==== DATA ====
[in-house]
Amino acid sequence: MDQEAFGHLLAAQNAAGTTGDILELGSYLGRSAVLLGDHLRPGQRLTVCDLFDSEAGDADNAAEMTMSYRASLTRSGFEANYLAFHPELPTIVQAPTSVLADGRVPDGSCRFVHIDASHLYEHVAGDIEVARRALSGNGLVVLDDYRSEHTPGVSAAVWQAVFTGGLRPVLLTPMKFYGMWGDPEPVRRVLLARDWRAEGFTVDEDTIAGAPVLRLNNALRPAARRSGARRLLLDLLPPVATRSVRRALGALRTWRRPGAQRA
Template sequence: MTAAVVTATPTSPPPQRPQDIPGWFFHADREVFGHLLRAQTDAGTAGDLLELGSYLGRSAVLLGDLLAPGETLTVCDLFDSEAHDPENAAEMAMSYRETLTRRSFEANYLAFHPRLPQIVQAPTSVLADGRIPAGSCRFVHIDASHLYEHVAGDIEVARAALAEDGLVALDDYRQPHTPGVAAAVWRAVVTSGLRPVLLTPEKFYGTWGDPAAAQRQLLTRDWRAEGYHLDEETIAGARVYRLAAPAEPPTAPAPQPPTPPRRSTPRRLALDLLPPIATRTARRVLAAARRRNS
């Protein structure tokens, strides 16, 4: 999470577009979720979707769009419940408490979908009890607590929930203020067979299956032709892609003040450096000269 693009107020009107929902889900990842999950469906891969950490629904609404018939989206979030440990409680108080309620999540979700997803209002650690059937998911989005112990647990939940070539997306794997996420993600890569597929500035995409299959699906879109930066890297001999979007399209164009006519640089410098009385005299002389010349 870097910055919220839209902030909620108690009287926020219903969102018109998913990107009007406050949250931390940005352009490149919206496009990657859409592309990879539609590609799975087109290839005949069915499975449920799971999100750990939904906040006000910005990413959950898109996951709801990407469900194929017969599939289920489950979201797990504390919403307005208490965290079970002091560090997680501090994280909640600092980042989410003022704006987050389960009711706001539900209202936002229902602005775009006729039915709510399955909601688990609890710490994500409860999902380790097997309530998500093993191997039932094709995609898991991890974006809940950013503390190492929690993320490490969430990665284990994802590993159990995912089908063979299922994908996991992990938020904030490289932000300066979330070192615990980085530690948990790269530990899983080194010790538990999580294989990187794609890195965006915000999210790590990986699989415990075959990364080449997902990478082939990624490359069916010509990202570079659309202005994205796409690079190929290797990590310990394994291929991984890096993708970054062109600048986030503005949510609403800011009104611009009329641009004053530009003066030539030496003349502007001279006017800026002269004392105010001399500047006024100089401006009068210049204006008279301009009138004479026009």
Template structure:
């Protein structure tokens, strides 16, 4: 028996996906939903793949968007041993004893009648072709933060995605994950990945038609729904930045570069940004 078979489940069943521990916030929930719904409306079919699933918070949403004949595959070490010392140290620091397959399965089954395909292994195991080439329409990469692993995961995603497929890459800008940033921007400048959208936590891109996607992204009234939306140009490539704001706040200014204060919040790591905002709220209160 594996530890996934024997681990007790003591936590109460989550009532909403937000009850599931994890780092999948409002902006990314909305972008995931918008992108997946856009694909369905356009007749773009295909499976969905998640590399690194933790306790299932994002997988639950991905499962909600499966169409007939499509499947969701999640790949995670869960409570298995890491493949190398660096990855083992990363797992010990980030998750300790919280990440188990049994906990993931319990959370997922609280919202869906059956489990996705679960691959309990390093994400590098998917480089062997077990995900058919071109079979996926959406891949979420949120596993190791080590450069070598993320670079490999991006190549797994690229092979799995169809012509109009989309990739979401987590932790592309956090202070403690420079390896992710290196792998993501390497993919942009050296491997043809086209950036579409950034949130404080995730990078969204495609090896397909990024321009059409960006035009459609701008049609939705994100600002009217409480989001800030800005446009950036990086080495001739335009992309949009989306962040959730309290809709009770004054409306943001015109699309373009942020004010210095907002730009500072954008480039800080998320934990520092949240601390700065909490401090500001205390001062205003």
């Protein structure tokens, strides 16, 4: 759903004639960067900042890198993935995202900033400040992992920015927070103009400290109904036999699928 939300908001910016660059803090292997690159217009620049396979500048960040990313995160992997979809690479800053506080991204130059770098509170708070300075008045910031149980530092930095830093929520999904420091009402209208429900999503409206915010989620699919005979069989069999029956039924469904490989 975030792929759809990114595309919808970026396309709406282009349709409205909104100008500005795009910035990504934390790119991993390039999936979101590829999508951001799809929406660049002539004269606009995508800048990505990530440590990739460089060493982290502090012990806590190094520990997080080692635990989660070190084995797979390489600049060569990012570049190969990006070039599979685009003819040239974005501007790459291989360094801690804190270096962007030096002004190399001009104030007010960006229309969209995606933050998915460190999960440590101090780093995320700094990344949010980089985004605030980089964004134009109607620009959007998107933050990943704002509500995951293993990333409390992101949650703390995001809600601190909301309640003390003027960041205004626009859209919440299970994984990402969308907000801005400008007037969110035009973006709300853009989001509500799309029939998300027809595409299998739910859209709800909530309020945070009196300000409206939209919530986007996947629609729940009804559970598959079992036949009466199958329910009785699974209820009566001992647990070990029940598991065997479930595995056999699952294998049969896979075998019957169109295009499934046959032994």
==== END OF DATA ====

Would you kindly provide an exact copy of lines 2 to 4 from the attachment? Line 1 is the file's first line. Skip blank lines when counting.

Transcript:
Amino acid sequence: MDQEAFGHLLAAQNAAGTTGDILELGSYLGRSAVLLGDHLRPGQRLTVCDLFDSEAGDADNAAEMTMSYRASLTRSGFEANYLAFHPELPTIVQAPTSVLADGRVPDGSCRFVHIDASHLYEHVAGDIEVARRALSGNGLVVLDDYRSEHTPGVSAAVWQAVFTGGLRPVLLTPMKFYGMWGDPEPVRRVLLARDWRAEGFTVDEDTIAGAPVLRLNNALRPAARRSGARRLLLDLLPPVATRSVRRALGALRTWRRPGAQRA
Template sequence: MTAAVVTATPTSPPPQRPQDIPGWFFHADREVFGHLLRAQTDAGTAGDLLELGSYLGRSAVLLGDLLAPGETLTVCDLFDSEAHDPENAAEMAMSYRETLTRRSFEANYLAFHPRLPQIVQAPTSVLADGRIPAGSCRFVHIDASHLYEHVAGDIEVARAALAEDGLVALDDYRQPHTPGVAAAVWRAVVTSGLRPVLLTPEKFYGTWGDPAAAQRQLLTRDWRAEGYHLDEETIAGARVYRLAAPAEPPTAPAPQPPTPPRRSTPRRLALDLLPPIATRTARRVLAAARRRNS
């Protein structure tokens, strides 16, 4: 999470577009979720979707769009419940408490979908009890607590929930203020067979299956032709892609003040450096000269 693009107020009107929902889900990842999950469906891969950490629904609404018939989206979030440990409680108080309620999540979700997803209002650690059937998911989005112990647990939940070539997306794997996420993600890569597929500035995409299959699906879109930066890297001999979007399209164009006519640089410098009385005299002389010349 870097910055919220839209902030909620108690009287926020219903969102018109998913990107009007406050949250931390940005352009490149919206496009990657859409592309990879539609590609799975087109290839005949069915499975449920799971999100750990939904906040006000910005990413959950898109996951709801990407469900194929017969599939289920489950979201797990504390919403307005208490965290079970002091560090997680501090994280909640600092980042989410003022704006987050389960009711706001539900209202936002229902602005775009006729039915709510399955909601688990609890710490994500409860999902380790097997309530998500093993191997039932094709995609898991991890974006809940950013503390190492929690993320490490969430990665284990994802590993159990995912089908063979299922994908996991992990938020904030490289932000300066979330070192615990980085530690948990790269530990899983080194010790538990999580294989990187794609890195965006915000999210790590990986699989415990075959990364080449997902990478082939990624490359069916010509990202570079659309202005994205796409690079190929290797990590310990394994291929991984890096993708970054062109600048986030503005949510609403800011009104611009009329641009004053530009003066030539030496003349502007001279006017800026002269004392105010001399500047006024100089401006009068210049204006008279301009009138004479026009």